Measuring Conductive Stuff With Thermocouples

So you’ve got a thermocouple in your hand and you’re wondering, “what happens when I try to measure something electrically conductive?” You probably tried it, and it probably worked fine, so you left it at that. But let’s dig a little more.

The first time I thought about this was while doing an ice-bath calibration: mix ice and water in a slush, guaranteeing that the temperature of said slush is 0.0°C, and stick the thermocouple right in. But wait, electronics and water? BUT WAIT again – often we’d like to measure a heat sink or some metal part to make sure it’s not getting too hot. Will the measurement still be good?

I was testing out a new 4 channel thermocouple logger today and re-encountered the question. The experiment was to answer the questions 1) to what precision do the 4 channels agree when held at an identical temperature and 2) can I quickly put together a heat conduction experiment to validate that the data logging works and I know how to use it properly.

Here’s the setup, caught at a very opportune moment of perfect harmony:

Image showing test setup, with 4 thermocouples sandwiched in the same piece of copper foil tape, and all 4 channels reading 21.3 celsius on the logger screen.

Each of the four K-type TCs is sandwiched in a row between two pieces of copper foil tape, so that we can touch one side and watch the delayed temperature rise depending on distance from the touch.

As to experiment (1), perfect – all 4 channels agree perfectly as long as the copper is left long enough to equilibrate, and they vary generally ±0.2c with air currents in the room, despite the copper.

But how about experiment 2? My first thought here is “what about the conductivity of the copper in contact with the thermocouples, and then later my own body?” To make sure this wasn’t relevant, I put a layer of thermally conductive electrically insulating double-stick tape (like you’d use for light-duty heat sinks) between the thermocouples and copper foil. I then captured this lovely trace, which shows exactly what we expect: the channels nearer to the touch point rise first, then they quickly equilibrate and decay after the finger is removed:

Image of 4 channel graphs overlaid showing what I just described.

But what if I omit the insulating tape? Things get a little crazier.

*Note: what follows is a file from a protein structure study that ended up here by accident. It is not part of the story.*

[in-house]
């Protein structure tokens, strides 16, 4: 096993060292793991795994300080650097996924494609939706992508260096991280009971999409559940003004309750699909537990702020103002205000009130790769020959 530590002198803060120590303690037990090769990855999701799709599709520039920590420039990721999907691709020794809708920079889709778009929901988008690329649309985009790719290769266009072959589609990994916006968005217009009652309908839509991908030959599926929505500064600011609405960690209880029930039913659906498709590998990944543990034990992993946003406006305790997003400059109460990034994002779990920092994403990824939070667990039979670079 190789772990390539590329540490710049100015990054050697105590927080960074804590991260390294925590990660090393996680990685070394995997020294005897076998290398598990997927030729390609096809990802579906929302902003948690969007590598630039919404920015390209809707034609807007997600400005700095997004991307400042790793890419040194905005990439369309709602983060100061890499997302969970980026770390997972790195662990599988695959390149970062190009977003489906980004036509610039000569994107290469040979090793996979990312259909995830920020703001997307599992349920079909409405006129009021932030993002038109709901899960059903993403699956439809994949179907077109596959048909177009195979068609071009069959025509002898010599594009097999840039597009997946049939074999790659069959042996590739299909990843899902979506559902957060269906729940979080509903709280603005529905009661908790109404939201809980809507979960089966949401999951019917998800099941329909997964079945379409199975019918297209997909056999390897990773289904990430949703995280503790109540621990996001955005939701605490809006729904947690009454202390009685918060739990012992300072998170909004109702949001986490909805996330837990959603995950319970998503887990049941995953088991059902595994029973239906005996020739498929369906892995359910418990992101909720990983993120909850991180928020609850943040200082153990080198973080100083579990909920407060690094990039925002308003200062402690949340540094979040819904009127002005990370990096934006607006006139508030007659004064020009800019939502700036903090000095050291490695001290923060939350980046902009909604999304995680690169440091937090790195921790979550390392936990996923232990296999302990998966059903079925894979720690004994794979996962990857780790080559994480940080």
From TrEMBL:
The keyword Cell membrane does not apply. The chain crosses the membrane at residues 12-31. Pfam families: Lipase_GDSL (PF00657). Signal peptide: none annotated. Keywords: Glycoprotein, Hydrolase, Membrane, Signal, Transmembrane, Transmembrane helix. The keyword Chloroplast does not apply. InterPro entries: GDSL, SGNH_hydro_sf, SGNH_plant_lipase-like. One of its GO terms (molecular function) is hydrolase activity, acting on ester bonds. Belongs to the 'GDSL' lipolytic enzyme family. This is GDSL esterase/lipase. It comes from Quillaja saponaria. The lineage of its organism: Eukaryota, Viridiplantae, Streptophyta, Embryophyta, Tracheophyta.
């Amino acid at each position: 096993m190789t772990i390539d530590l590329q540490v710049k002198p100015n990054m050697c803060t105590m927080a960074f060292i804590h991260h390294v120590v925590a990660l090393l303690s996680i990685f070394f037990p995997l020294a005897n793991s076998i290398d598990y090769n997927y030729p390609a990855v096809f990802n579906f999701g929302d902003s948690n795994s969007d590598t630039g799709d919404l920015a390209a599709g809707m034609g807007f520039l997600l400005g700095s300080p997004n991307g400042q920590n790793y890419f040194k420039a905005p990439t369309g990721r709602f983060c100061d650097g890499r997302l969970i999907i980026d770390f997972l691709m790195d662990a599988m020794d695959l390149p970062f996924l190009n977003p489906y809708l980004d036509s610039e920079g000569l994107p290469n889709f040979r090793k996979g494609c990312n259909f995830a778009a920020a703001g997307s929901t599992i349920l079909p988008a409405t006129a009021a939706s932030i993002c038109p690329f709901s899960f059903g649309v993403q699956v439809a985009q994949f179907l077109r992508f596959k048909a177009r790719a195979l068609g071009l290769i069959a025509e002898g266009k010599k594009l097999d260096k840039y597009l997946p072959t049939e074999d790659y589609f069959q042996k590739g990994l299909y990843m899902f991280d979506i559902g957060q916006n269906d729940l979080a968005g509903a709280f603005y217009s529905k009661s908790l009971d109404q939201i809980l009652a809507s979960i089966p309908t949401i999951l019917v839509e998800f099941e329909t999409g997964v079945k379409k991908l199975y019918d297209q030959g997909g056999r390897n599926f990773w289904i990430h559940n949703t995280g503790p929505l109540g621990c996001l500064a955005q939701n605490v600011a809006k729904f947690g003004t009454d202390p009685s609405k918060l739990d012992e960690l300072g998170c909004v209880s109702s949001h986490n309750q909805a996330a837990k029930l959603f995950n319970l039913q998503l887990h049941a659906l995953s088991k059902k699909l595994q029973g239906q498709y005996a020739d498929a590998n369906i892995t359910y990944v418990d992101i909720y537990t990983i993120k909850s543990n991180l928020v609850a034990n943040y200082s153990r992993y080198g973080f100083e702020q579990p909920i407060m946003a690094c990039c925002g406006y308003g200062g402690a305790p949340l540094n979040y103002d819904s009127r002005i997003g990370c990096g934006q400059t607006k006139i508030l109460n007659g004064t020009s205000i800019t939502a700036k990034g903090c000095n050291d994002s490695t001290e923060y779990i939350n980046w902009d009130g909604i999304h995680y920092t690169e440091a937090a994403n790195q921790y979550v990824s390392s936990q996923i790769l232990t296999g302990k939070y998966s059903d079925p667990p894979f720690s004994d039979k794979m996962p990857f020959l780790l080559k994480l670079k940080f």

Graph (in celsius this time) showing channels 1 and 3 rising with the touch, but 2 and 4 immediately falling.

This graph shows a few interesting things. First, in the no-touch steady-state, all channels agree. This is due to the law of intermediate metals, which states that a thermoelectric junction is defined by the two outermost metals, and the intermediate junctions don’t matter as long as all junctions are at the same temperature. For instance, our K-type thermocouple is made of chromel and alumel leads. A chromel-aluminum-alumel or chromel-copper-alumel thermocouple would behave just the same, as long as the CA+AA or CC+CA junctions were both measuring the same physical temperature at the same time. In other words, it doesn’t matter any which way the copper is shorting out the thermocouple, as long as all of the microscopic contact points where it does so to form a junction are all at the same temperature.

The law of intermediate metals is actually where we get the concept of a “cold junction” – the chromel-copper and alumel-copper joints where the thermocouple leads come into our meter’s copper traces form two additional thermocouples that must be accounted for, which is really one additional K-type thermocouple as long as both of them are at the same temperature. We can compensate for this second “cold junction” as long as we accurately know its temperature (which, to be honest, multimeters with those thermocouple adapters are really bad at.) But I digress.

The final piece of the puzzle is that the thermocouple logger I have reads each TC sequentially in a separate slice of time so as to avoid needing 4 ACTUAL channels of analog to digital conversion. So it doesn’t matter how one TC is shorted to the adjacent ones, since the adjacent ones are electrically isolated when the first one is being read.

The second interesting thing about the graph above is that channel 1 and channel 3 behave just as they did before, where channels 2 and 4 DROP in temperature as soon as the copper is touched. More interesting still, when I let go of the copper, the channels return to bang-on accurate temperature read out, as shown by the fact that the order of temperatures while DECAYING (finger off) matches the pervious experiment, while the order disagrees when rising (finger on).

My theory here is that two of the thermocouples have a dominant short to copper on the chromel lead, while the other two have a dominant short on the alumel side. My body is either sinking or sourcing some tiny current into the joint through the copper, which in one case slews the measurement high and in the other case slews it low. It’s also possible that my body only electrically matters on the side connected to excitation voltage vs the side connected to meter ground, rather than contributing equal and opposite offset.

Of course, it drops by little enough that the reading still looks accurate by eye if you didn’t have the other channels to compare. I imagine this same sort of effect is commonplace in single-channel single-sample scenarios, but goes unnoticed because the “electrical noise” component of the measurement is small in comparison to the actual thermal component.

Anyway, a cool little one-hour experiment, and now I know to electrically isolate my probes while measuring active surfaces, just in case!

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